The DST applies retroactively to January 1, 2019. This feature violates international tax norms as retroactivity creates uncertainty for taxpayers as they seek to manage their cash and financial statement tax positions. Some companies covered by the DST may not have been tracking the data necessary to calculate their potential liability back to the beginning of 2019.
The implications of retroactivity will be significant for many firms. Companies that have not been tracking revenue in the prescribed manner will immediately be in a non-compliant position due to the DST’s retroactive application. Tax compliance costs and the burden of compliance in numerous jurisdictions will further cut into firms’ margins and may lead companies to pull back from activities in France.
Further, the French DST may create audit risks where they did not previously exist. Taxpayers will have little certainty as to the collection of this new tax and will be subject to new audits even in instances where little or no nexus exists with the country.
The FRN requests input on whether the French DST represents “unreasonable tax policy.” The fact that the DST is unreasonable is evident in the multiple ways it conflicts with principles developed as part of the OECD’s Inclusive Framework on Base Erosion and Profit Shifting process. Through this process, more than 130 governments are developing a global approach to the challenges posed by digitalization of the economy. Specifically, the French DST conflicts with the following principles:
No ring fencing of the digital economy;
The French DST also appears to violate existing tax treaties, which uphold many of these same principles.
The FRN also asks for views on the extent to which the French DST burdens or restricts U.S. commerce. In addition to the problems described above, it is estimated that the DST will generate revenue of approximately €500 million per year, a large majority of which will be paid by U.S. firms. The DST will also impose significant compliance costs and administrative burdens on U.S. firms. For example, companies will need to engage in significant re-engineering of accounting systems to ensure that they can accurately assess DST liability for French advertising transactions. Firms will also need to include new filing and audit components on French accounts. Estimated costs to U.S. firms are in the millions.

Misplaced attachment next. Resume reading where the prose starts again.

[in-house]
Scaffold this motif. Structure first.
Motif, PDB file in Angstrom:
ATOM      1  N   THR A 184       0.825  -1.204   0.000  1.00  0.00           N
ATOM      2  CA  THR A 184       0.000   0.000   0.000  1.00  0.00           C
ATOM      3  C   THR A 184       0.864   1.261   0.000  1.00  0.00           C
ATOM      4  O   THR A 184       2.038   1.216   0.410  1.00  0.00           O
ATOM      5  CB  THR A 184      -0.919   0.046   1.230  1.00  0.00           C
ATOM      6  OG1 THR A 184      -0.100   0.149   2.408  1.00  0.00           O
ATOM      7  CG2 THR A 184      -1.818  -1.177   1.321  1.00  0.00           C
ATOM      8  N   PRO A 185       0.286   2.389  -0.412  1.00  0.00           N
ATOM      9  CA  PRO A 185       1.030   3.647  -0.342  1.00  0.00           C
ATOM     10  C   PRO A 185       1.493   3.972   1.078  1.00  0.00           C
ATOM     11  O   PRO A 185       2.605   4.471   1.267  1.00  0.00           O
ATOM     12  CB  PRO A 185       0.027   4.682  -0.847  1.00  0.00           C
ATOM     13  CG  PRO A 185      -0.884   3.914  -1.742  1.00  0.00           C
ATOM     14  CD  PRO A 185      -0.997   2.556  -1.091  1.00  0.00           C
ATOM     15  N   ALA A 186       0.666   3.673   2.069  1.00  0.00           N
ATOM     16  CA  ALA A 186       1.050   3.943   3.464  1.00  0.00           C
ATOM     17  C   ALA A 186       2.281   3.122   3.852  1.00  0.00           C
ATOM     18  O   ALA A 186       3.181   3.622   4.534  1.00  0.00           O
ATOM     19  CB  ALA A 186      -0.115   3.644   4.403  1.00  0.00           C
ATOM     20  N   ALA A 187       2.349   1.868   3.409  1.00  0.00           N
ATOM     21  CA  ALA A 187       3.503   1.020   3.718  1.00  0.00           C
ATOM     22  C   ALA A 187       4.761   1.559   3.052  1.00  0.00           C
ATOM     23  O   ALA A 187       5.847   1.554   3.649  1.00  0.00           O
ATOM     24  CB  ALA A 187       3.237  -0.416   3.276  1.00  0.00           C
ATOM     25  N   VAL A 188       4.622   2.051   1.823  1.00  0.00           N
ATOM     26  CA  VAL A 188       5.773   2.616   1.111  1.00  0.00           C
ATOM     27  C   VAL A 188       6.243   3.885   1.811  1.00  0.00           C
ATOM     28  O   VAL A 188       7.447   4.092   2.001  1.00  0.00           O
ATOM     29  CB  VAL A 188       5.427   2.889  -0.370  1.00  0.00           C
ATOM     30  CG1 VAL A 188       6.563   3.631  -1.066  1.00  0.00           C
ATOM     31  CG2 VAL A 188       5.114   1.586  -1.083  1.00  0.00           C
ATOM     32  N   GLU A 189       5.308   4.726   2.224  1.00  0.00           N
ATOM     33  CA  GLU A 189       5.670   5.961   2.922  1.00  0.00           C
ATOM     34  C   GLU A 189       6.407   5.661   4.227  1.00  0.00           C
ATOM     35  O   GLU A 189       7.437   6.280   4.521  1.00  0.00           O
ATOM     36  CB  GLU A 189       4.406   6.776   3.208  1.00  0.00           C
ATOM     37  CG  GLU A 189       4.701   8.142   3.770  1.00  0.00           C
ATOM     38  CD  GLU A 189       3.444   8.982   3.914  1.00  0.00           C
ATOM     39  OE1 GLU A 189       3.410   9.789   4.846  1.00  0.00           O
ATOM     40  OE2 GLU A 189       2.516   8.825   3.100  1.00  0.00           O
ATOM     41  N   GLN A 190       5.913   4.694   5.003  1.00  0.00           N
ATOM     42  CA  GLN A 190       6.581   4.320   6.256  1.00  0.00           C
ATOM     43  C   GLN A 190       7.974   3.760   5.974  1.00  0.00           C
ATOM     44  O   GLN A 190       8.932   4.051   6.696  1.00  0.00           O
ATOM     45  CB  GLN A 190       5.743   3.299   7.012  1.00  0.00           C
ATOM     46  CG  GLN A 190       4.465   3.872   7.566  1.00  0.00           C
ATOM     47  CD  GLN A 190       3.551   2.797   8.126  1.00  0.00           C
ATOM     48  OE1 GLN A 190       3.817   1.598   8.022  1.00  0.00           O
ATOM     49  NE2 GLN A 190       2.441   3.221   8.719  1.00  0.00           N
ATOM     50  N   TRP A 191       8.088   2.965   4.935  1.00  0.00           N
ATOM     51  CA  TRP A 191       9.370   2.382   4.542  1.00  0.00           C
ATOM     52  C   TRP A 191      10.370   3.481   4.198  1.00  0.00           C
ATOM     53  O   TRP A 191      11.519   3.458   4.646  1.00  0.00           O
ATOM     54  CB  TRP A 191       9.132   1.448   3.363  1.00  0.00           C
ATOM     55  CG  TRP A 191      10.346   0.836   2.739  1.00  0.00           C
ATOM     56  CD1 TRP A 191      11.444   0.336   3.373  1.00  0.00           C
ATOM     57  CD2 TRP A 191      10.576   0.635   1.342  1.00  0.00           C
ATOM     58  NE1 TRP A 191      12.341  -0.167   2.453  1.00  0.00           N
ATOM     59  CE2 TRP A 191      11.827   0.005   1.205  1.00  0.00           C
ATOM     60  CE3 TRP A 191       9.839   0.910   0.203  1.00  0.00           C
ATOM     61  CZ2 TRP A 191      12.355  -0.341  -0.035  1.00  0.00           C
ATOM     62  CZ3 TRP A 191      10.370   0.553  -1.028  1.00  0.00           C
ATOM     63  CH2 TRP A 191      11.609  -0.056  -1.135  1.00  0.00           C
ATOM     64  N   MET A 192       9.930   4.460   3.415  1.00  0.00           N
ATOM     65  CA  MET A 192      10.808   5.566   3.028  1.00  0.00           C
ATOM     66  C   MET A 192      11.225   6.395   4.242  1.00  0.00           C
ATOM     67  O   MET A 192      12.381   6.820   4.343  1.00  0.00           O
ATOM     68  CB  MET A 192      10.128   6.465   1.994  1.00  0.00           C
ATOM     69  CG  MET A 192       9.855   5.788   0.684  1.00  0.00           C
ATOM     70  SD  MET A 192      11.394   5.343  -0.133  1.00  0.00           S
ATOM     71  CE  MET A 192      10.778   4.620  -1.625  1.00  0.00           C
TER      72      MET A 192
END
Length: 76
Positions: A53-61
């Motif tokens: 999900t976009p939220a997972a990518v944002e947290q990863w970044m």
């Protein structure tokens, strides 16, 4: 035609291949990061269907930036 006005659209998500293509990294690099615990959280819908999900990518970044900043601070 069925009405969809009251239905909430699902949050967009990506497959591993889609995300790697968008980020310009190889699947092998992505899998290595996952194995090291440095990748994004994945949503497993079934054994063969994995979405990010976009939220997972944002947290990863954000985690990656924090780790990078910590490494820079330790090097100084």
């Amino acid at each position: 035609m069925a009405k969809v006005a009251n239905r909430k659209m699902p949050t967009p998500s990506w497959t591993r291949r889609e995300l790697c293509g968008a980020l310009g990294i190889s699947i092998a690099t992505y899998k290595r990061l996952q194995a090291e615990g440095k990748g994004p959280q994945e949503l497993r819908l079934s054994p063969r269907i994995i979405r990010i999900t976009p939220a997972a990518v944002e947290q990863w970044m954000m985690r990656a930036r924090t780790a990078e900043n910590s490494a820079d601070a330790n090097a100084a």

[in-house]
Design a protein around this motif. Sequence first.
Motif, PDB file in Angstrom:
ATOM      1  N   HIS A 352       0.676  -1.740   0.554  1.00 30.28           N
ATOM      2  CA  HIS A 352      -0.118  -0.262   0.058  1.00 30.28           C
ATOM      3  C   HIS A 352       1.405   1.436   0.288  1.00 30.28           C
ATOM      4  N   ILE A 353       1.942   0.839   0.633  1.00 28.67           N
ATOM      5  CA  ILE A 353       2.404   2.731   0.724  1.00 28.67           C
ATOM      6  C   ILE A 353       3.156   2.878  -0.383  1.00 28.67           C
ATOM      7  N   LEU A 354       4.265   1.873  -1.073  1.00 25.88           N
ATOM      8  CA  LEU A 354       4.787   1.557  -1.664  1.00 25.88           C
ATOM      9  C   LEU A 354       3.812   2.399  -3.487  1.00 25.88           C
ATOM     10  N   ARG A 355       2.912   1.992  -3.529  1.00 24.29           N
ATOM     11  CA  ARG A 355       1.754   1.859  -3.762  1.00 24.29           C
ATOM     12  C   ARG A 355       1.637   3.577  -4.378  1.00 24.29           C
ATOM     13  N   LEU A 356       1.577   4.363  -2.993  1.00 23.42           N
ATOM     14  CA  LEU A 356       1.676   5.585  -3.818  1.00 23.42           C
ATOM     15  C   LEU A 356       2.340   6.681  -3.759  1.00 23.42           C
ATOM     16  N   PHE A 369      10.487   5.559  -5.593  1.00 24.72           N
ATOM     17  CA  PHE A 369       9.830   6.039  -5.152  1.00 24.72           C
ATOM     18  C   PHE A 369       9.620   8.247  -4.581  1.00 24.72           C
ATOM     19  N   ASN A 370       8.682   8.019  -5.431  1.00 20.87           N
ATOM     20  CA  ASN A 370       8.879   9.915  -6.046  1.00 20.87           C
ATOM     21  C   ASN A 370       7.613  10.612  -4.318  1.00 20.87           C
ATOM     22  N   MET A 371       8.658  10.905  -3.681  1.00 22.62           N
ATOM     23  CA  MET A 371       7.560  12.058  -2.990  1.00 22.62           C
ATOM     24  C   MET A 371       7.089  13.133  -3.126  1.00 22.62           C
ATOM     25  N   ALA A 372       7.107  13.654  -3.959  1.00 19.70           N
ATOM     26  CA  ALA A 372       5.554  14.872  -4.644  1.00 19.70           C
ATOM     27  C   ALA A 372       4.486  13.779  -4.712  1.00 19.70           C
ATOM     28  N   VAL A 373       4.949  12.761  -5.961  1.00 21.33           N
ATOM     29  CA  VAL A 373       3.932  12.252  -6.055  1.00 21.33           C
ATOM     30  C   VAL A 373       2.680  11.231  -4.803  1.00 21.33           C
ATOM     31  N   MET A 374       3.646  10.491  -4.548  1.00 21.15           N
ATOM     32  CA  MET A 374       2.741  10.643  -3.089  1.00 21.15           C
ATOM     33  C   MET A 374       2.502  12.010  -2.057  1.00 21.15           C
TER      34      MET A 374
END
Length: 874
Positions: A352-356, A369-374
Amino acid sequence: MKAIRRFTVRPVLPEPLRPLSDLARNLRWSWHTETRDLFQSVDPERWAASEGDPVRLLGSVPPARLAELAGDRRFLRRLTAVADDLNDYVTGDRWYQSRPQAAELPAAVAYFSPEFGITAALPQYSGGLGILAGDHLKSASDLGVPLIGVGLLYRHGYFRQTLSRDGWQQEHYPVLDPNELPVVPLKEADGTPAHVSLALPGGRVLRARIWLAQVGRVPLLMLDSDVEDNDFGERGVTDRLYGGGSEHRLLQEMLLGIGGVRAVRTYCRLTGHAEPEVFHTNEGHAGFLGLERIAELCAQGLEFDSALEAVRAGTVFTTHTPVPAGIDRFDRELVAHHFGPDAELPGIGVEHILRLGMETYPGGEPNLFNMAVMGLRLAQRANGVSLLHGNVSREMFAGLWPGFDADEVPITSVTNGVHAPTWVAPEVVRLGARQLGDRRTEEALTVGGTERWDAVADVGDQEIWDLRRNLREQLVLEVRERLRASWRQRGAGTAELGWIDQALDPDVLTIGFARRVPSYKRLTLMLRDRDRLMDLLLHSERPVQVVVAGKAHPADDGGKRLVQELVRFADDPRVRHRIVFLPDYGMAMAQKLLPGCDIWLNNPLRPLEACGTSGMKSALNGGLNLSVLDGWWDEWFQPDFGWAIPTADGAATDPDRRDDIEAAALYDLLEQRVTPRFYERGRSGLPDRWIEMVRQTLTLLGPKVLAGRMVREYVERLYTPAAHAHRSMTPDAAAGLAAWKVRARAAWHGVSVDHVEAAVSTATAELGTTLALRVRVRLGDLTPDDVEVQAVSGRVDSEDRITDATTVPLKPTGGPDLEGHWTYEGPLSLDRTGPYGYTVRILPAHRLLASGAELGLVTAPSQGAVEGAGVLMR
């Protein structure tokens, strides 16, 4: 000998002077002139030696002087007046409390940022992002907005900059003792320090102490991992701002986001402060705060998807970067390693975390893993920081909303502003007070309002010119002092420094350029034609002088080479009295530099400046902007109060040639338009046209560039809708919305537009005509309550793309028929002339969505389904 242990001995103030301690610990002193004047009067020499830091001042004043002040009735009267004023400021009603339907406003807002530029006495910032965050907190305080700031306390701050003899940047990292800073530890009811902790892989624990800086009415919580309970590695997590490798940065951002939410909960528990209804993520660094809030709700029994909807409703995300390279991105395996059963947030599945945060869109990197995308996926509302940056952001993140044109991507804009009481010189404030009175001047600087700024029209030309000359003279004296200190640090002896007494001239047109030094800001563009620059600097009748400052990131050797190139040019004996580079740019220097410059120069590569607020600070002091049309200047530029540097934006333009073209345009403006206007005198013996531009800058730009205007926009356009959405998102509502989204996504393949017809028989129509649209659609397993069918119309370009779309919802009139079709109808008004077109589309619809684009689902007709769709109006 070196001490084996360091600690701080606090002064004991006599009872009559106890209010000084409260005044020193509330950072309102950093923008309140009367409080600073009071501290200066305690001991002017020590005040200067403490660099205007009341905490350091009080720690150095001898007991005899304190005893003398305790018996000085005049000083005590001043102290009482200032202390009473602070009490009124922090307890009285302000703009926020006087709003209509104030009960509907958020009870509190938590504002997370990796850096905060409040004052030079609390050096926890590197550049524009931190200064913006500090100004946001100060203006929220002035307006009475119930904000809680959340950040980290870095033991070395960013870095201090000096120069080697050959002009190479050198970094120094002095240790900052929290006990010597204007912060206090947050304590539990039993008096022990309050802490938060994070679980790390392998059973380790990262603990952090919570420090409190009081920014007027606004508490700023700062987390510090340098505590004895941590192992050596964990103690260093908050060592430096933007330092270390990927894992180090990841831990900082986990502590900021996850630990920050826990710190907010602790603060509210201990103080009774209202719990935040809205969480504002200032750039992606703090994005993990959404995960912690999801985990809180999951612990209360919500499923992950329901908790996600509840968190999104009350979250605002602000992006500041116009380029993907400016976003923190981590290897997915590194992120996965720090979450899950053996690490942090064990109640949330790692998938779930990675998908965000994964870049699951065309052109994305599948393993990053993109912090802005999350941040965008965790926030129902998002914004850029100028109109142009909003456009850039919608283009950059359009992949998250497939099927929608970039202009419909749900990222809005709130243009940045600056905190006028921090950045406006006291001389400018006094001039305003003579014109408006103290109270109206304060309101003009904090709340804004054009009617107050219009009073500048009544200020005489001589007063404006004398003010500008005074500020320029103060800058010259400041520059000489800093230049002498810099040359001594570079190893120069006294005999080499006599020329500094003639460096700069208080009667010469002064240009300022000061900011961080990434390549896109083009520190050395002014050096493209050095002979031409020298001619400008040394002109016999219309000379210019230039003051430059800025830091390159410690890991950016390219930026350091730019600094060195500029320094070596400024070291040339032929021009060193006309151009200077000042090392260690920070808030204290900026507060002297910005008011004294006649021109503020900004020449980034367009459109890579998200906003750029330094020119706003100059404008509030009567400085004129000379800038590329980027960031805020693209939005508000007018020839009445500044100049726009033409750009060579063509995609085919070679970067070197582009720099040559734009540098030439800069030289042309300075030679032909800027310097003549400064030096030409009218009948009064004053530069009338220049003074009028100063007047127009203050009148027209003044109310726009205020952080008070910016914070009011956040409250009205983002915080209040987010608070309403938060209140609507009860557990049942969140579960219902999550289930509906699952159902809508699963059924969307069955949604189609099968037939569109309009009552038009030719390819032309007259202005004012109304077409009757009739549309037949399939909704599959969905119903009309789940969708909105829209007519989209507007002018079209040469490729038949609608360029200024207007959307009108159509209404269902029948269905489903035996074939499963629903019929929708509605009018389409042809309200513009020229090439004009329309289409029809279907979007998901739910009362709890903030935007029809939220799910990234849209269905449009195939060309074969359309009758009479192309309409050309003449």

The French DST appears to be an attempt to garner leverage in the aforementioned negotiations at the OECD to craft a consensus-based solution to the tax challenges arising from the digitalization of the economy. However, instead of helping the process along, this unreasonable tax policy will likely make consensus even more difficult to attain.
The FRN specifically seeks recommendations on what action, if any, should be taken in response to the French DST. The Chamber recommends that the United States government initiate dispute settlement proceedings at the WTO. As noted above, it is our assessment that the DST violates obligations France has undertaken under the GATS. WTO dispute settlement is a wholly appropriate avenue for addressing the DST’s multiple, obvious discriminatory features.
The Chamber does not support the application of tariffs to French goods under Section 301 as a remedy. Such action would add to the potential for an escalating trade war with France and the EU and may elicit additional rounds of retaliatory measures that represent a substantial risk to U.S. economic growth and job creation.
The Chamber further urges the Administration to remain focused on the OECD project to address tax challenges of digitalization that will affect a wide range of U.S. companies. The hard work of Treasury officials and staff in this regard is widely appreciated in the U.S. business community.
The Chamber appreciates the opportunity to offer these comments and is ready to provide additional input as appropriate.
Senior Vice President for International Policy